And then, four weeks ago today, my dad called and said, “I just Googled symptoms of heart attack and I think I might be having one.” I thought he was kidding, because that’s how he is. I thought he was going to follow it up with a crack about a political article he’d read or some other silly line. He wasn’t kidding. And in the car* on the way to the hospital, he said something that sounded like, “If I don’t get a chance to say this later” and I told him to shut up. And then I spent two hours while he was in the cath lab sitting in the waiting room** kicking myself that my last words to my dad might be “shut up”.

Thankfully, those weren’t my last words and Dad is doing amazingly well. But I definitely have to write the blog posts now. It may take me a little while, because I’m super emotional about it still and I have to be in the right frame of mind to allow myself to get all weepy, but they’re coming.

And also, this is why I’ve been too busy to blog and haven’t had time to send Christmas cards and have just been generally discombobulated. For two weeks all that existed was Dad and work and sleep.  And now I’m catching up with life. My annual staycation is next week, and I could not be more ready.

Merry Christmas, friends. Happy Holidays. Thanks for reading, thanks for being a friend, thanks for being you.

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Footnotes…

* Life Lesson #1: Call 911. Call 911. Call 911. Do not drive to the hospital yourself. It was a bonehead move and fortunately everything worked out ok for us, but it was a HUGE MISTAKE. If you ever find yourself in this situation, please learn from my mistake. An ambulance clears traffic. An ambulance can run red lights. An ambulance driver is not emotionally invested and his/her hands probably aren’t shaking while driving. An ambulance comes with a spare person to provide medical care in transit. CALL 911.

** Life Lesson #1 2: Have someone come sit with you. It’s not selfish or silly or an imposition. Have someone come sit with you. Call me; I will come sit with you. It’s nice to have company even if you don’t want to talk. And also, if none of your people come, the chaplain won’t leave and that is awkward and weird. I know this because I was stupid and didn’t have anyone come, but fortunately my uncle knew better and he came (and brought my grandma) and so did my friend Kristin. K also fed my dad’s dog and took my house keys and went home and fed my dog and brought my keys back to the hospital. She’s a rock star. And also, I need to give more people spare keys to my house.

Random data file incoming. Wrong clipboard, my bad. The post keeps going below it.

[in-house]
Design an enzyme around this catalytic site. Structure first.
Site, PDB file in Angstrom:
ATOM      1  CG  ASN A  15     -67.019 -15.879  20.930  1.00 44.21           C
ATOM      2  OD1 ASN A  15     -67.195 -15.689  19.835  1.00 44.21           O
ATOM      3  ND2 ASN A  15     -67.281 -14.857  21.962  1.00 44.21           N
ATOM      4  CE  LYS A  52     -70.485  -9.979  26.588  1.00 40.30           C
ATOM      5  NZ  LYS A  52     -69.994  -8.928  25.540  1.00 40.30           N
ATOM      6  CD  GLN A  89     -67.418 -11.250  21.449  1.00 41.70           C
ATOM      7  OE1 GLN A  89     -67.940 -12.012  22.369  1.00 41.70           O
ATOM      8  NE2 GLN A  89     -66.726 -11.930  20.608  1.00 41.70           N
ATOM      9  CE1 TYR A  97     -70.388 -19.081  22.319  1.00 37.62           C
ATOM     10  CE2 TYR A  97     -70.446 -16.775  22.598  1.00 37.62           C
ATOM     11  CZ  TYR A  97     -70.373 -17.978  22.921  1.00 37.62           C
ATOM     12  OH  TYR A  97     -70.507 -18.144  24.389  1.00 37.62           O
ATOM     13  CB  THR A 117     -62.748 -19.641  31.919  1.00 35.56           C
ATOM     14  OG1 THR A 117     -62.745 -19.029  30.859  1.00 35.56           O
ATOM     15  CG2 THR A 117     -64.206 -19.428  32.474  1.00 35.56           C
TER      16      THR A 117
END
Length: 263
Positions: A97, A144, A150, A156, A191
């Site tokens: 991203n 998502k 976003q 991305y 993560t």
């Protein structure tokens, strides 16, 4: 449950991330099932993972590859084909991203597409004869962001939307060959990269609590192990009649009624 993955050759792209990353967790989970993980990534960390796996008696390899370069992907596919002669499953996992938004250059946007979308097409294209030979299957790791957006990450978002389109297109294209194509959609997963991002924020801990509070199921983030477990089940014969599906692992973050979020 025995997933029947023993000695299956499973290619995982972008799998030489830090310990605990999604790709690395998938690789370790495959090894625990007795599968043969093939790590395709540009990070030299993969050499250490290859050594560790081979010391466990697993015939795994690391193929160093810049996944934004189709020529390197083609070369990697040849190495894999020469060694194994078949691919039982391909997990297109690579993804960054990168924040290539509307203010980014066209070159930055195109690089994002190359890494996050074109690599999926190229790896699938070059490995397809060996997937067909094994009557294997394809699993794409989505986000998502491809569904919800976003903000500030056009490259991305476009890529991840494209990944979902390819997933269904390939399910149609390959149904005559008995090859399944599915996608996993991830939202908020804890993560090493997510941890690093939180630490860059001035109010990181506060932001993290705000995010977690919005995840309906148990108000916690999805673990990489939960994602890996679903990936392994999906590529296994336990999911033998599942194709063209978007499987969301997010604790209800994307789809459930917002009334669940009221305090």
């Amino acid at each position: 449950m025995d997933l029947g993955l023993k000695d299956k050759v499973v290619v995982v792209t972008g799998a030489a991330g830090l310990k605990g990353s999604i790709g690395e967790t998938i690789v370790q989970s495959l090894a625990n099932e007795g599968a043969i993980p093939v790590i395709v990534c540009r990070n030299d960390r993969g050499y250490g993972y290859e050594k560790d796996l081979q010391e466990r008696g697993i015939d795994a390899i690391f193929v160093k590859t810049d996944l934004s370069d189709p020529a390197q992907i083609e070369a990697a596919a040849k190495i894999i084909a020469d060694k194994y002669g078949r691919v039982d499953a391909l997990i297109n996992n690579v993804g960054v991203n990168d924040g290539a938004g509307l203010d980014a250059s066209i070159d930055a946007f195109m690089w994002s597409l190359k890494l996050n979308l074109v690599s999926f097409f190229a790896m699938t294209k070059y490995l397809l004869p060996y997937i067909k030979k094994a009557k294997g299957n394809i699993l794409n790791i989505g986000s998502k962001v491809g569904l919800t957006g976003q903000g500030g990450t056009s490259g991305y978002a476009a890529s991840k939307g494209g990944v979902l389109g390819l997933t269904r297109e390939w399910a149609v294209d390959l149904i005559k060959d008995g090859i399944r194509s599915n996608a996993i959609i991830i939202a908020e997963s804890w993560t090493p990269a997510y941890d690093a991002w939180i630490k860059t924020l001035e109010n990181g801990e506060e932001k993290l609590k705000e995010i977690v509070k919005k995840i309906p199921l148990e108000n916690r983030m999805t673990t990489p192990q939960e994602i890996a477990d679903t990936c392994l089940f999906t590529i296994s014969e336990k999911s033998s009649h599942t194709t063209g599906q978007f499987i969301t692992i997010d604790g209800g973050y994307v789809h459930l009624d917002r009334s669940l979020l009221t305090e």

(Life lesson #3….learn to count. Sheesh.)

Interlude and Deliciousness

Once again I’m struggling with bloggy guilt. It’s been too long, but I’m busy and tired and did I mention that I’m tired? Oh, and also, tired. It’s our crazy season at work, but every year it seems to surprise me anyway. And life has been interfering with pretty much everything lately, and we’ll talk about that, but not tonight because I’m not ready yet.  And of course it’s the holiday season so there are three times as many things happening and all at the same time, and there’s shopping to be done and gifts to make and Halloween decorations to put away. (What? I said I was busy.) And tired. The Tide and Drano and soda and toilet paper (read: all the nonperishable items) I bought recently stayed in the trunk of the car for about two weeks because unloading them seemed to be too much effort. (Thank you, Klondike, for unloading all my crap last weekend.)

Aside regarding the Halloween decorations: I put them away, in the attic, all by myself, like a normal human. This is pretty much the first time I’ve gone into the attic for more than a thirty-second dash since the first bat episode almost four years ago. Yay me!

Every year we shut down the “office” (air quotes now since we work from home and the office is virtual) between Christmas and New Year and given the way the holidays fall this year, I’m trying to figure out how many bonus days I can tag on. Two weeks sounds pretty awesome, not gonna lie. 🙂 I’m counting down. Wendy Staycation 2013 is going to be a blissful slugfest!